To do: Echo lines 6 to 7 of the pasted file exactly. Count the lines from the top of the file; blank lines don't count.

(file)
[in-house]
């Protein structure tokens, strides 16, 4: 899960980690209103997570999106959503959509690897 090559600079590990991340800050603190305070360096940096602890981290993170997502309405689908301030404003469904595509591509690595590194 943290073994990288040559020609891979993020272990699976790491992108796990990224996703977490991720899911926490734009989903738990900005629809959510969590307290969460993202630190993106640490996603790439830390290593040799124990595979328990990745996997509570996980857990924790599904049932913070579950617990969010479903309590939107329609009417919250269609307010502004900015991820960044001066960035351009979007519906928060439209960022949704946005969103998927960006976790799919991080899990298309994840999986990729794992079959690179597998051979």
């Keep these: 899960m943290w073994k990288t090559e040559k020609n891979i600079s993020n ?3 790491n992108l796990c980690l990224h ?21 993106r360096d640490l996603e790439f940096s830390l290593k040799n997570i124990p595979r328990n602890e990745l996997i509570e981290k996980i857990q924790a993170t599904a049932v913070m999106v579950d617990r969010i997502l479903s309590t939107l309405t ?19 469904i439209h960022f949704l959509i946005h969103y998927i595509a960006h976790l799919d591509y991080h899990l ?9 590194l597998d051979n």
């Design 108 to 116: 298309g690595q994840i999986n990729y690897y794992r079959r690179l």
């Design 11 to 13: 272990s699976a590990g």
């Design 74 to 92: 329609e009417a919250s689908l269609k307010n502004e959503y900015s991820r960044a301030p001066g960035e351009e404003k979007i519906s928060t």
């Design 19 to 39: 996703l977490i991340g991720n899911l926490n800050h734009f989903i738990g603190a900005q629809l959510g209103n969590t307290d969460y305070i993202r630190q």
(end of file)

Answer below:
């Design 74 to 92: 329609e009417a919250s689908l269609k307010n502004e959503y900015s991820r960044a301030p001066g960035e351009e404003k979007i519906s928060t």
């Design 19 to 39: 996703l977490i991340g991720n899911l926490n800050h734009f989903i738990g603190a900005q629809l959510g209103n969590t307290d969460y305070i993202r630190q």